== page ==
Many of us have heard the adage, “No creed but Christ.” But this is actually its own creed, and it’s not the most helpful one. Today, Stephen Nichols expresses the true value of creeds, confessions, and catechisms for the Christian life.
NATHAN W. BINGHAM: I'm here on campus with one of our teaching fellows, Dr. Stephen Nichols. Dr. Nichols, how are the creeds and confessions throughout church history helpful for us as Christians?
DR. STEPHEN NICHOLS: I think they're incredibly helpful as devotional tools. I think they're helpful as guardians to keep us on track with theological orthodoxy. I think a lot of folks come out of American evangelicalism, and one of the things you hear from time to time is "No creed but Christ." And that's a deeply rooted sentiment, and I really want to push back on that. For one thing, I think we see creeds in Scripture itself. There's one in particular that scholars point us to. It's 1 Timothy 3:16. In 1 Timothy 3:16, Paul begins with, "Great indeed, we confess." Or literally it says, "Our common confession." Then he goes to rattle off all of these teachings about the person of Christ. And there's a rhythm to it.
So before we get out of the New Testament, we're setting the stage to have creeds and catechisms. And we have them in the early church: the Apostles', the Nicene, the Chalcedonian. The Apostles' Creed, especially. It's easy; like, little kids can memorize this. It's got a rhythm, a flow. And the idea is that each one of those phrases in the Apostles' Creed is like a doorway; it opens up an entire horizon for theological reflection and biblical consideration. So why wouldn't you want to have that as part of your mental furniture? That you just have the Apostles' Creed memorized as a handy tool for you to think well and think biblically and theologically.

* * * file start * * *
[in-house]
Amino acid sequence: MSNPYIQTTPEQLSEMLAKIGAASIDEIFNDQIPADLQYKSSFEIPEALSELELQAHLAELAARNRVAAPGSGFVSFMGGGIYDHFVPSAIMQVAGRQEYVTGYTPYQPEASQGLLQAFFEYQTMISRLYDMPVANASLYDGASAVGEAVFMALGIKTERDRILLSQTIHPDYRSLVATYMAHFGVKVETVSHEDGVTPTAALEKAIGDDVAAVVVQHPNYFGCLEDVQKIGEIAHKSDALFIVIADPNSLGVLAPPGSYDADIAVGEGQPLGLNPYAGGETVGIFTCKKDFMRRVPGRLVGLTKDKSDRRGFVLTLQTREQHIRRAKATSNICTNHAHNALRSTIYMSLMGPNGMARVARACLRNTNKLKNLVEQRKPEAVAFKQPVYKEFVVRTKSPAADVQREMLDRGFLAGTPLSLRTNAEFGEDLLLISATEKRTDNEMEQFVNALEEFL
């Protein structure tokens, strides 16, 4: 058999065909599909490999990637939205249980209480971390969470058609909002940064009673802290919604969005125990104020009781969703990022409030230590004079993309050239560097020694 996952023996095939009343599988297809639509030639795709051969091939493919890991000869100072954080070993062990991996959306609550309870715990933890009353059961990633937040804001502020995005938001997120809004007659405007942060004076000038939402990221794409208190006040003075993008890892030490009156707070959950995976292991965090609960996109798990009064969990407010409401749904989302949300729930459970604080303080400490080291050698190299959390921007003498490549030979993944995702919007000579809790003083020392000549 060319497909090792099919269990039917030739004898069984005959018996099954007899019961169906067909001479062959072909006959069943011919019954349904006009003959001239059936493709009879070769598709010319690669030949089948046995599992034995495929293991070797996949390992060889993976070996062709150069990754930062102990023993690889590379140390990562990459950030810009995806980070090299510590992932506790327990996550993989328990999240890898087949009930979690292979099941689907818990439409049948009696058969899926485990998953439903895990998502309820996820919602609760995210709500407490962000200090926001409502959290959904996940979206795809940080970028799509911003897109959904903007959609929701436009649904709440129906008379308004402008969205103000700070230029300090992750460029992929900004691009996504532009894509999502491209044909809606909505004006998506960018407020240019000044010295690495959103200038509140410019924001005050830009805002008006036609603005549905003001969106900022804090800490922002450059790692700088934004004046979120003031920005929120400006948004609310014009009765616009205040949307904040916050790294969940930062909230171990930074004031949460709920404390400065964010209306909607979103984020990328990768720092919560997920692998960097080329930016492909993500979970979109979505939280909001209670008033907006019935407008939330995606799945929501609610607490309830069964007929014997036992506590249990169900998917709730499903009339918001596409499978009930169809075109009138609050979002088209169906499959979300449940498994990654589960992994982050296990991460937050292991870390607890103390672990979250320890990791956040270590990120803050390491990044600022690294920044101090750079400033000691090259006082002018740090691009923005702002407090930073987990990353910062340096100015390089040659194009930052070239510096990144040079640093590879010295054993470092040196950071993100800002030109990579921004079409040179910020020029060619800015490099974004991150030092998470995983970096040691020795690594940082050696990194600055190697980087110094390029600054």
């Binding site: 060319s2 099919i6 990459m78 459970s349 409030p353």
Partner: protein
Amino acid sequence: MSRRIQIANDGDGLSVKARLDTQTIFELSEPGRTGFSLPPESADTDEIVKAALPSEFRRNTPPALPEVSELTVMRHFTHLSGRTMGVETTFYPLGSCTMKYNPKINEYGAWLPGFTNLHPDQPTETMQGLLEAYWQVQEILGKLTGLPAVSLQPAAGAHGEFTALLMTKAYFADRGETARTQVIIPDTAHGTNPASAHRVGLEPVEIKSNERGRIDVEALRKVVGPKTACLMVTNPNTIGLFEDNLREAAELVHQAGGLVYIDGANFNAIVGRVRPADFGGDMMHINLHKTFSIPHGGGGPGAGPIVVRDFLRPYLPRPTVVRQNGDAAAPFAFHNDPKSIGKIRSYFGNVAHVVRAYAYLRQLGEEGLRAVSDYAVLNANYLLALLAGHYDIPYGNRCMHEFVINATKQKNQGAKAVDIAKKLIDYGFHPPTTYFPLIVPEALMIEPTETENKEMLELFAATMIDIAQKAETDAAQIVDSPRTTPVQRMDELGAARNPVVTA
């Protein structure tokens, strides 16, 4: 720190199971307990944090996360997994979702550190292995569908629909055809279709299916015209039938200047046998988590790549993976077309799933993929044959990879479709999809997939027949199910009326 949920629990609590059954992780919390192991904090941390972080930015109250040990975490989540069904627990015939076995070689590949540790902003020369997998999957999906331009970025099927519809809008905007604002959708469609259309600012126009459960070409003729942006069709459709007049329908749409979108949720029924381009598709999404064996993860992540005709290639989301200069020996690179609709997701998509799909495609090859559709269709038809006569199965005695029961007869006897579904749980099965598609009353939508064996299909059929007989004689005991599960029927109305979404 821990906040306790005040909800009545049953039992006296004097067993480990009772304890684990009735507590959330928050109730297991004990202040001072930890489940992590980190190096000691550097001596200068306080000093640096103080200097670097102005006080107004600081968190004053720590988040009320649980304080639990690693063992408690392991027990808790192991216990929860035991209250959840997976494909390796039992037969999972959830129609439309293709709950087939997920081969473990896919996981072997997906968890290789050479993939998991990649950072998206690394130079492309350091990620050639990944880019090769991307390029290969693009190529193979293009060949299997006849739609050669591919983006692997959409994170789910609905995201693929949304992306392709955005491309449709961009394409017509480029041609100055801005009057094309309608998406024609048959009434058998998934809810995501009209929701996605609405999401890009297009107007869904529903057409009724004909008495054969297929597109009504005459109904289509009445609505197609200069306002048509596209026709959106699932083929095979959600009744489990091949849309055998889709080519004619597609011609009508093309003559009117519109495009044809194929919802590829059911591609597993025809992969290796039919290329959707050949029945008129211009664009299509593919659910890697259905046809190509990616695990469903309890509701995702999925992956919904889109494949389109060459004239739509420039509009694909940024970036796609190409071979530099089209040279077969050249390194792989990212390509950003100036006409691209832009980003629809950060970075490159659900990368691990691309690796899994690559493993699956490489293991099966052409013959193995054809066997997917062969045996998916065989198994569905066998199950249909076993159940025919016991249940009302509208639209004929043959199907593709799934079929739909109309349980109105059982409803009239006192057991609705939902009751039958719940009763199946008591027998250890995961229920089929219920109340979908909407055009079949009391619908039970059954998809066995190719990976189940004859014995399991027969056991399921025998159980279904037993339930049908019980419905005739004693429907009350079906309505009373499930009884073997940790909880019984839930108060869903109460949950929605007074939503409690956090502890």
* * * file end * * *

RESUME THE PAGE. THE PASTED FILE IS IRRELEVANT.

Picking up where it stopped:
Well, as we move into the Reformation, there's an issue of who's the true church"the Roman Catholic Church, the Protestants? And so what do they do? Well, they write confessions to say: "Well, this is what the Bible teaches. And we are the true church because we are faithful to the text." And again, these become guardrails for the church to guard her against apostasy, against heresy. And keep her on that path of orthodoxy.
But they're also just very rich devotional texts that can sort of lift us out of our current moment. We can shut out all the clutter and noise and distraction. And just reflect on beautiful literature"which a lot of these confessions, catechisms, creeds are; beautiful literature, rich biblical literature, and just solid theological reflection. How is this not helpful for Christians today and for the church today?
So I think all Christians should go back and pay attention to the creeds and confessions. And I think they'll realize they'll become better disciples for it.
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